La Bella Principessa, identified by art historical analysis and the presence of the artist's fingerprint, is going on public show in Gothenburg, Sweden, as the star attraction of an exhibition of Renaissance artworks. And There Was Light runs at the city's dockside Eriksbergshallen from March 20 to August 5.
A cluster of academics will be in town to assess and discuss the sensational find with Peter Silverman, the man who spotted the work and instigated the critical and scientific analysis that led to its reattibrution.
But another Silverman "find" looks set to share the exhibition limelight: a terracotta bas-relief plaque, 13 x 16in (33 x 41cm), depicting The Beheading of St John the Baptist and identical to the silver relief plaque made around 1478/80 for the altar of the Baptistery in Florence (now in the city's Museo dell'Opera del Duomo).
The plaque has traditionally been ascribed to the workshop of Andrea del Verrochio, but Gary M. Radke of Syracuse University recently contended that two of the figures - the youth with salver on the left of the scene, and the officer with mace second from right - are the work of Leonardo da Vinci.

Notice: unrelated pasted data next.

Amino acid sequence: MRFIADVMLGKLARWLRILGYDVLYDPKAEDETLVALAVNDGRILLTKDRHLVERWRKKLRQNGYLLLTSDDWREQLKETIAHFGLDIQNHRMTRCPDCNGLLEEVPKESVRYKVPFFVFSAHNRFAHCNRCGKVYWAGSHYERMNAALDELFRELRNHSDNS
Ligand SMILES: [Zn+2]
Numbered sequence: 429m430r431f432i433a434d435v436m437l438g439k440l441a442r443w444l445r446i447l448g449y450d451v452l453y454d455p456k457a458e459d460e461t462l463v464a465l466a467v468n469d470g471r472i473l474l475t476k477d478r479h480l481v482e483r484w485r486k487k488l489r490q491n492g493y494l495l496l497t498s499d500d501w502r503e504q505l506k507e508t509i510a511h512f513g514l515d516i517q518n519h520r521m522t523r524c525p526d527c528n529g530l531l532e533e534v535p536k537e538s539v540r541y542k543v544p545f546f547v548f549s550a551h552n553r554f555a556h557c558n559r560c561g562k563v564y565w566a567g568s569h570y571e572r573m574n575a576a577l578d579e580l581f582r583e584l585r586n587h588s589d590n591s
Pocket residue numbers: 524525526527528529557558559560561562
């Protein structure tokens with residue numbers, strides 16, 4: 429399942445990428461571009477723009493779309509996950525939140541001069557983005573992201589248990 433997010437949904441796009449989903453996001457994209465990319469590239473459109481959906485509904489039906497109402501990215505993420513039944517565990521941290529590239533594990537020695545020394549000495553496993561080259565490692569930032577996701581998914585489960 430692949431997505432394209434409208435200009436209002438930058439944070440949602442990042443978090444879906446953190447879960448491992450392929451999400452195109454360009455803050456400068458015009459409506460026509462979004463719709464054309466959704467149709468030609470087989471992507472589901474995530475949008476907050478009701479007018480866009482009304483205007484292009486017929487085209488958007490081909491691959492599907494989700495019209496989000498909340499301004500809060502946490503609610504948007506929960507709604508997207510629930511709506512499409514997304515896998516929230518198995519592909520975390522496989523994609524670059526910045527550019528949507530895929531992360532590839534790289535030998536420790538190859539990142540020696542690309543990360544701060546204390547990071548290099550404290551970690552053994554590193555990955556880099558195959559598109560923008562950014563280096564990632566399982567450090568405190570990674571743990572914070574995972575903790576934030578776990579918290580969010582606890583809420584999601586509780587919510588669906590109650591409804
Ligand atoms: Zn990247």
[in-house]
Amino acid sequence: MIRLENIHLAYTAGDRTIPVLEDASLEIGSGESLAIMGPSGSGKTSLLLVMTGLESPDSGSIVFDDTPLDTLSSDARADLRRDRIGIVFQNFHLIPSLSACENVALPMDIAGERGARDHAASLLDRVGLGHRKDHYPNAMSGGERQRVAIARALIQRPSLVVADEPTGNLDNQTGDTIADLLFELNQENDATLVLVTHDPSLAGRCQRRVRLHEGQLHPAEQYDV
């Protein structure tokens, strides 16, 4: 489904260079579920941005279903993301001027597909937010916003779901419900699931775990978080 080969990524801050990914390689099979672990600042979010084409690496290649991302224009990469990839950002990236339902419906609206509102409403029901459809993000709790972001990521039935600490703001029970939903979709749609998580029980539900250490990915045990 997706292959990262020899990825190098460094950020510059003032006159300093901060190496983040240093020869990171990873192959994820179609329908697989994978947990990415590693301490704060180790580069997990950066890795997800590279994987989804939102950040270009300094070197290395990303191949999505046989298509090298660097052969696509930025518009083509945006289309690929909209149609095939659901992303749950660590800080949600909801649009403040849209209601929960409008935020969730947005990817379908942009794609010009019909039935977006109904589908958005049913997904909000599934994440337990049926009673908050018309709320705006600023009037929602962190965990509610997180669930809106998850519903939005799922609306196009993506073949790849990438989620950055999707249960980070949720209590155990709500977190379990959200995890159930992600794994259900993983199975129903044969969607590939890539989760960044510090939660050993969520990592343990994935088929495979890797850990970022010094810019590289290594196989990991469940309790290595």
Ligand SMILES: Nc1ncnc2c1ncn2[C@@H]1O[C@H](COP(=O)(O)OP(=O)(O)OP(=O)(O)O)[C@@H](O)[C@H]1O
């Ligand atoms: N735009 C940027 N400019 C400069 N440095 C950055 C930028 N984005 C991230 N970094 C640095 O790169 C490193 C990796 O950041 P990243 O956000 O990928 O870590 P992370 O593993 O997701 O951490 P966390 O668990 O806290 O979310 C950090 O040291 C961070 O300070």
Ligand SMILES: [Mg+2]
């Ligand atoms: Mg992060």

Radke made the claim in his lavishly illustrated catalogue to the exhibition Leonardo and the Art of Sculpture, which ran at the High Museum, Atlanta, from October 2009 to February 21, and opens at the Getty Museum in Malibu on March 23. Radke noted that the recent completion of a three-year cleaning operation of the silver plaque "has allowed a detailed examination of its individual components".
Now, in the catalogue to the Gothenburg exhibition, Professor Alessandro Vezzosi, director of the Museo Ideale in Vinci, insists that following "recent scientific analyses, including extraordinary shots by Lumière Technology", the authorship of the terracotta plaque "can and must be newly addressed". He adds: "Leonardo's hand may indeed be imagined to lie behind the two extraordinary figures in question."
Details of the terracotta plaque's provenance remain hazy. It was recorded in 1894 as belonging to an official at the Austro-Hungarian embassy in Rome and appeared at auction in Vienna in 1926 as part of the Castiglioni Collection.
Silverman bought it "for around £3000" at Sotheby's London in 1995 (as "after Verrocchio"). "I find it almost preposterous to think that we may have been holding a Leo sculpture all these years," he says. "Folks will think we are manufacturing them! Then appeared Gary Radke's expo and catalogue, and suddenly scholars I respect were saying 'This thing merits serious consideration'. So we decided to put it out there for all to see and examine."
By Simon Hewitt